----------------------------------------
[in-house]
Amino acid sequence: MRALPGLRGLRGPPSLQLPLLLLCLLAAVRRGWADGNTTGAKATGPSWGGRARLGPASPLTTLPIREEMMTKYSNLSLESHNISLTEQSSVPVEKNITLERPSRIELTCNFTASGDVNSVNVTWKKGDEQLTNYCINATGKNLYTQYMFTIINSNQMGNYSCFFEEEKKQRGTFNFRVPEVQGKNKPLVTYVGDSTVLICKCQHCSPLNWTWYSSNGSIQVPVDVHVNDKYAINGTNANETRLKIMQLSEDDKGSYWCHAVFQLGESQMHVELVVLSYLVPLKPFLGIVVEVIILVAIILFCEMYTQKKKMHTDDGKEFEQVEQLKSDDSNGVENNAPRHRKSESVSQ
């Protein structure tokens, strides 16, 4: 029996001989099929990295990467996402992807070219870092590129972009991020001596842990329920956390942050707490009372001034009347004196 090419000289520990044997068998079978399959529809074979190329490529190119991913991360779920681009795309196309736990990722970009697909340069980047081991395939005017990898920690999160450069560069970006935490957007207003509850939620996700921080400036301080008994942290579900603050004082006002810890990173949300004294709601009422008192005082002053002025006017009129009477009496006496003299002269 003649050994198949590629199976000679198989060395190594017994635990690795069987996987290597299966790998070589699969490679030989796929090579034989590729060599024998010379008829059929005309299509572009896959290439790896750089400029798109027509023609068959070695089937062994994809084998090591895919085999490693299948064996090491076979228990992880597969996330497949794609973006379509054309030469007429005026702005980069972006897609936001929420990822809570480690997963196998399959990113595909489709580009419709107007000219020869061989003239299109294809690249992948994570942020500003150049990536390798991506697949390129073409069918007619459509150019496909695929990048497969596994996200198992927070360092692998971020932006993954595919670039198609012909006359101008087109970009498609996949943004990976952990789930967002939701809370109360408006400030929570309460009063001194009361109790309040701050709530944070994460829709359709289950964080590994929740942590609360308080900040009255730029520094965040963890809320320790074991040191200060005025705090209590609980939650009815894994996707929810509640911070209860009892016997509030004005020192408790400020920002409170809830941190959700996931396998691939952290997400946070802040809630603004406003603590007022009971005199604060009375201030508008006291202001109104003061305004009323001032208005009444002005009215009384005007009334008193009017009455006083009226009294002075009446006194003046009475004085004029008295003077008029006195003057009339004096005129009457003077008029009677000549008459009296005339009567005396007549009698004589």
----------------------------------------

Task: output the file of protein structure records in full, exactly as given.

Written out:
[in-house]
Amino acid sequence: MRALPGLRGLRGPPSLQLPLLLLCLLAAVRRGWADGNTTGAKATGPSWGGRARLGPASPLTTLPIREEMMTKYSNLSLESHNISLTEQSSVPVEKNITLERPSRIELTCNFTASGDVNSVNVTWKKGDEQLTNYCINATGKNLYTQYMFTIINSNQMGNYSCFFEEEKKQRGTFNFRVPEVQGKNKPLVTYVGDSTVLICKCQHCSPLNWTWYSSNGSIQVPVDVHVNDKYAINGTNANETRLKIMQLSEDDKGSYWCHAVFQLGESQMHVELVVLSYLVPLKPFLGIVVEVIILVAIILFCEMYTQKKKMHTDDGKEFEQVEQLKSDDSNGVENNAPRHRKSESVSQ
């Protein structure tokens, strides 16, 4: 029996001989099929990295990467996402992807070219870092590129972009991020001596842990329920956390942050707490009372001034009347004196 090419000289520990044997068998079978399959529809074979190329490529190119991913991360779920681009795309196309736990990722970009697909340069980047081991395939005017990898920690999160450069560069970006935490957007207003509850939620996700921080400036301080008994942290579900603050004082006002810890990173949300004294709601009422008192005082002053002025006017009129009477009496006496003299002269 003649050994198949590629199976000679198989060395190594017994635990690795069987996987290597299966790998070589699969490679030989796929090579034989590729060599024998010379008829059929005309299509572009896959290439790896750089400029798109027509023609068959070695089937062994994809084998090591895919085999490693299948064996090491076979228990992880597969996330497949794609973006379509054309030469007429005026702005980069972006897609936001929420990822809570480690997963196998399959990113595909489709580009419709107007000219020869061989003239299109294809690249992948994570942020500003150049990536390798991506697949390129073409069918007619459509150019496909695929990048497969596994996200198992927070360092692998971020932006993954595919670039198609012909006359101008087109970009498609996949943004990976952990789930967002939701809370109360408006400030929570309460009063001194009361109790309040701050709530944070994460829709359709289950964080590994929740942590609360308080900040009255730029520094965040963890809320320790074991040191200060005025705090209590609980939650009815894994996707929810509640911070209860009892016997509030004005020192408790400020920002409170809830941190959700996931396998691939952290997400946070802040809630603004406003603590007022009971005199604060009375201030508008006291202001109104003061305004009323001032208005009444002005009215009384005007009334008193009017009455006083009226009294002075009446006194003046009475004085004029008295003077008029006195003057009339004096005129009457003077008029009677000549008459009296005339009567005396007549009698004589």